After a century of study, researchers still struggle to understand the origin of cosmic rays, particles with extreme energies that fill the Universe and bombard the Earth from all directions... On Tuesday at KIPAC@10, we asked: Where Did That Come From? and spent the morning talking about particle acceleration in the Universe. Afterwards, Luigi Tibaldo talked to Angela Olinto (KICP) and Neil Gehrels (NASA Goddard).
After a century of study, researchers still struggle to understand the origin of cosmic rays, particles with extreme energies that fill the Universe and bombard the Earth from all directions. Their very existence tells us that there are objects in the Universe capable of accelerating them to energies up to hundred million times larger than those we reach in the most powerful accelerator built on Earth, the Large Hadron Collider at CERN in Geneva, Switzerland. Cosmic rays are largely screened by the atmosphere, making life on Earth possible, but they limit our possibilities to spend long times far above its surface in long-distance flights, or out in space.
However, cosmic rays are not just curious high-energy monsters populating the Universe or a threat for humans aspiring to explore space. We believe that they play a key role in the evolution of galactic ecosystems, influencing the physics and chemistry of the tenuous gas from which stars and planets are formed, and of life on Earth, occasionally causing mutations in the DNA.
We think of different origins for cosmic rays according to their energies, that we express in units of GeV, or gigaelectronvolts (for comparison, the energy of visible light is a few billionths of a GeV, X-rays are about a thousandth of a GeV). For fifty years we've been stuck with a few usual suspects, objects large and powerful enough to accelerate particles to the incredible energies of cosmic rays.
Within our own galaxy, the Milky Way, we managed to pin down the probable sources of cosmic rays with energies lower than a million GeV to shock fronts produced by the dramatic supernova explosions that occur at the end of the lives of massive stars.
Theoreticians think that supernova shock fronts can accelerate particles up to ten million GeV. Above these energies, particles may be accelerated by other objects, such as neutron stars or giant black holes at the center of galaxies spewing out matter in jets at almost the speed of light (known as AGN, or active galactic nuclei).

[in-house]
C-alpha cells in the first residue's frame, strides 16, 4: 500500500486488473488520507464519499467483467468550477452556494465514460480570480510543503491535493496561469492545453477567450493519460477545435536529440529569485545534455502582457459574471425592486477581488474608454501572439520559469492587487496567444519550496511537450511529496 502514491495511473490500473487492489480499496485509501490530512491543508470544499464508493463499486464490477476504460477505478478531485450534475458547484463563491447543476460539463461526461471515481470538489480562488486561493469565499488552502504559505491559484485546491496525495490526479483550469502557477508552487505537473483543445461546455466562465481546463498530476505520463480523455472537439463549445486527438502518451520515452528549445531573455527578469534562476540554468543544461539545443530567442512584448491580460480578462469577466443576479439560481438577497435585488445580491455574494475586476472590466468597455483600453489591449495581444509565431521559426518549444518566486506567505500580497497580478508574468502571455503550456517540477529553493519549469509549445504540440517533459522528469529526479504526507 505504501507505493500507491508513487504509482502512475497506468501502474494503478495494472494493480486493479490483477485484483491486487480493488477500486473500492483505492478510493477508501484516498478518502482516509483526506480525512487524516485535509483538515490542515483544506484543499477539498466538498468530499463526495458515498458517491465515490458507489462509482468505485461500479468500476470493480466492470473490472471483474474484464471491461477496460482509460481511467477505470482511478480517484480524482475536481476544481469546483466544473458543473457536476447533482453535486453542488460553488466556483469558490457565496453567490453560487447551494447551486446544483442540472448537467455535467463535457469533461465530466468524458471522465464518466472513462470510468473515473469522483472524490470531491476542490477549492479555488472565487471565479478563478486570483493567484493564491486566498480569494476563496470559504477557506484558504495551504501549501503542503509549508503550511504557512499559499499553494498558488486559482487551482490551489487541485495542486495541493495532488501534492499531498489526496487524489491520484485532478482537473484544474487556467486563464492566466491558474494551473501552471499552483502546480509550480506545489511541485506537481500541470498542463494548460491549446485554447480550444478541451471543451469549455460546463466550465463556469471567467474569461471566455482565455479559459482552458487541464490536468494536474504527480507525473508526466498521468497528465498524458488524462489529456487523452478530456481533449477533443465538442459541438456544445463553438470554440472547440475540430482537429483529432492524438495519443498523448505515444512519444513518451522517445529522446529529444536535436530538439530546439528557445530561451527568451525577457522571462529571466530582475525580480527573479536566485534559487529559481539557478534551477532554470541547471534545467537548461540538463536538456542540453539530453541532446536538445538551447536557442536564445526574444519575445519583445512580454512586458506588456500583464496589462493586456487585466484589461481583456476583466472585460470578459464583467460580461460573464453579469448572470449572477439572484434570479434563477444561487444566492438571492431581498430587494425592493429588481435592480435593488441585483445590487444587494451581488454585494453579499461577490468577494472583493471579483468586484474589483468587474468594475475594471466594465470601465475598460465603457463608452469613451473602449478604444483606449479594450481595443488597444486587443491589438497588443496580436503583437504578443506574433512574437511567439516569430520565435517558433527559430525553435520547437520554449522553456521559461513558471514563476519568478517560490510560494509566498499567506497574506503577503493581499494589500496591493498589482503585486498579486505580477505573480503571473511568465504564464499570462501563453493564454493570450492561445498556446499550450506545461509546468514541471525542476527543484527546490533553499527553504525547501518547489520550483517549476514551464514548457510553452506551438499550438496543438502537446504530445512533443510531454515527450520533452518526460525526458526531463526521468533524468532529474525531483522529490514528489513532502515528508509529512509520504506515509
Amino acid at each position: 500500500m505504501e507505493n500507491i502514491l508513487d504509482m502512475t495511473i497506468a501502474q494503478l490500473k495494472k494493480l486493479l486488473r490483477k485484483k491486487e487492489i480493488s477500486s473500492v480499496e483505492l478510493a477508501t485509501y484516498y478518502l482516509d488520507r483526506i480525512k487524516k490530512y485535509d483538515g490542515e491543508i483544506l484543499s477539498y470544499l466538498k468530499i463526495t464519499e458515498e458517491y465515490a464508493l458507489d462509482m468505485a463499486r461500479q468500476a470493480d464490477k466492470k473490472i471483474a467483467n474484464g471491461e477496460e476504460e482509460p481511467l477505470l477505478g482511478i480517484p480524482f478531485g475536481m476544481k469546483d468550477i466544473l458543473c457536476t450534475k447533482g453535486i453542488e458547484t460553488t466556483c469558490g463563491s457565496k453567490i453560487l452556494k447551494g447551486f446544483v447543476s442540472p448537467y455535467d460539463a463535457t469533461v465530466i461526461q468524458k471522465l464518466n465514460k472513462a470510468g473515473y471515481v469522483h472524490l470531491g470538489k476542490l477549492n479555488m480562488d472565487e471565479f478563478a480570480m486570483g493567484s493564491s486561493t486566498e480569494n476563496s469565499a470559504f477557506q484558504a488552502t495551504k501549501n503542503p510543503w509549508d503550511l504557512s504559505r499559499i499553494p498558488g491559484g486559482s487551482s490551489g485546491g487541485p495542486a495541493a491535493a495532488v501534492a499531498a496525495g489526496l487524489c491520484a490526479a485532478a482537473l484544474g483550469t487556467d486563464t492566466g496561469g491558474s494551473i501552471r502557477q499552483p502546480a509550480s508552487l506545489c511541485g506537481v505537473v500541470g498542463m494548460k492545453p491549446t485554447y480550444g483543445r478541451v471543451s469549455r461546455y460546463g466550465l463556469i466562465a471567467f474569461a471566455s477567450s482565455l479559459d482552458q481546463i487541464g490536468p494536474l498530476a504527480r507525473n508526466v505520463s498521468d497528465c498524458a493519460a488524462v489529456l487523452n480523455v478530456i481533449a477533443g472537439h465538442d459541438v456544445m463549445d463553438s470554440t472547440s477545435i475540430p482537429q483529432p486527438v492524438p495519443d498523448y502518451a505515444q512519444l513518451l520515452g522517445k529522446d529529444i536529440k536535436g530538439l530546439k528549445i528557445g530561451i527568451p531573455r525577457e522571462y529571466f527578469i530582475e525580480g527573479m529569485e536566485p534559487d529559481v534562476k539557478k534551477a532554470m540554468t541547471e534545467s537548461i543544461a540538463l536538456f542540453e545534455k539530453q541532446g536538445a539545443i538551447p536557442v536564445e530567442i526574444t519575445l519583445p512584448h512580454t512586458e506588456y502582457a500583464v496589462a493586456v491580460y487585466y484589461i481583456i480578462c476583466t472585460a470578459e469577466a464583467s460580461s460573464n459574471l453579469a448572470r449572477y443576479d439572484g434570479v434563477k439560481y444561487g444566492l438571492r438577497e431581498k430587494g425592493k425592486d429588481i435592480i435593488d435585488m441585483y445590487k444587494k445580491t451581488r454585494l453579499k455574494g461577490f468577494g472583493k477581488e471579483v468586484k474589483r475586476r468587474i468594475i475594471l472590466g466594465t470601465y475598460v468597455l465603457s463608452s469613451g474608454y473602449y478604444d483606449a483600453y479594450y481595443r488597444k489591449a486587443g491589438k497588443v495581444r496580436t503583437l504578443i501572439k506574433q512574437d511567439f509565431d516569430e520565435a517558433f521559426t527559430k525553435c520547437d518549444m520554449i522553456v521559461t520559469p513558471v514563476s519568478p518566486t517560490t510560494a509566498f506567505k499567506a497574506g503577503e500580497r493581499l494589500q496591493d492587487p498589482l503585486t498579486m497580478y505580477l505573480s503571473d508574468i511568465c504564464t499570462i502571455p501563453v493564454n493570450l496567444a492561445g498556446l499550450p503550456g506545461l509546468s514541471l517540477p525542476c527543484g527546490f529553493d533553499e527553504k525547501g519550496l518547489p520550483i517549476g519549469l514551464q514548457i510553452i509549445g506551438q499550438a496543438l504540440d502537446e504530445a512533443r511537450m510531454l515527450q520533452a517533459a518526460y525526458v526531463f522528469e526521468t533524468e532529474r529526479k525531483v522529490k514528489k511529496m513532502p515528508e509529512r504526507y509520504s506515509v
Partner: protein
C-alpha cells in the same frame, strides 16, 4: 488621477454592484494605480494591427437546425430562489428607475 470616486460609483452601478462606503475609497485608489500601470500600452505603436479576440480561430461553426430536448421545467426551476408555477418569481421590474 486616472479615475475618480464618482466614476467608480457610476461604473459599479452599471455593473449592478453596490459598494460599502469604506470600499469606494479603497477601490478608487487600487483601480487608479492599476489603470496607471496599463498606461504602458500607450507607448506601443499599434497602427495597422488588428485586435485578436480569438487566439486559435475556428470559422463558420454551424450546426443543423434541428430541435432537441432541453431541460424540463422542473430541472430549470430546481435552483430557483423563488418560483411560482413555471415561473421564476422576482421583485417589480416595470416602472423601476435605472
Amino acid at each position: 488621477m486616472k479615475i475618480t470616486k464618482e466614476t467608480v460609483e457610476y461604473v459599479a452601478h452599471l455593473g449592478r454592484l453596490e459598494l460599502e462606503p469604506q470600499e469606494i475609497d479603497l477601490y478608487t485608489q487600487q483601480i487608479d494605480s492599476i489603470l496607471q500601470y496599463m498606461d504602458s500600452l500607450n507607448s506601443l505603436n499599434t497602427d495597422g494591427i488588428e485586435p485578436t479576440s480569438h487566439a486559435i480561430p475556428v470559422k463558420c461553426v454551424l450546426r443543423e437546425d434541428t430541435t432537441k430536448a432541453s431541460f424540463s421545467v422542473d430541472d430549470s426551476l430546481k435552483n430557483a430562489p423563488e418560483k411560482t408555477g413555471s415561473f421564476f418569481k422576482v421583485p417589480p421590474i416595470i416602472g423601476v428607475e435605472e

Cosmic rays with the most extreme energies, higher than ten trillion GeV, most probably coming from outside the Milky Way, are still a deep mystery. Our largest cosmic-ray detectors on Earth, like the Pierre Auger Observatory in Argentina, have only caught a handful of them over many years.
We can also try to identify cosmic accelerators by looking at the gamma rays that energetic particles can produce when they interact with matter, radiation, or magnetic fields. Current gamma-ray telescopes like Fermi, AGILE, Integral and Swift are revealing a wealth of powerful accelerators in the Universe. They're also revealing lots of surprises, such as the unexpected bright flares of the Crab Nebula that demonstrate it can accelerate electrons up to a million GeV. This increases the need for instruments like the future Cherenkov Telescope Array or HAWC that have collection areas large enough to track the evolution of gamma-ray brightness with time and can observe a large fraction of the sky at any given time.
The exact mechanisms by which these objects accelerate particles remains a major open question. Fermi acceleration (named after its discoverer, physicist Enrico Fermi) was successful to explain cosmic-ray acceleration in supernova remnants. In this case, particles are trapped close to shock fronts by magnetic fields and are bounced back and forth, gaining energy each time. Fermi acceleration can also occur in systems where two magnetic fields crash with each other head-on, forming a reconnection layer that accelerates particles in the same way as a shock front does.
However, other cosmic particle acceleration mechanisms still seem to be needed, especially to explain what accelerates cosmic rays to the most extreme energies. We have detected particles with energies that are off the charts, but a definitive answer to what is energizing them continues to puzzle us. As Roger Blandford, former KIPAC director reminded us during our discussion, "Nature is a lot cleverer than we are."
You can watch all the talks in this session on the KIPAC youtube channel.
You can also read more about KIPAC@10 on the conference blog home page.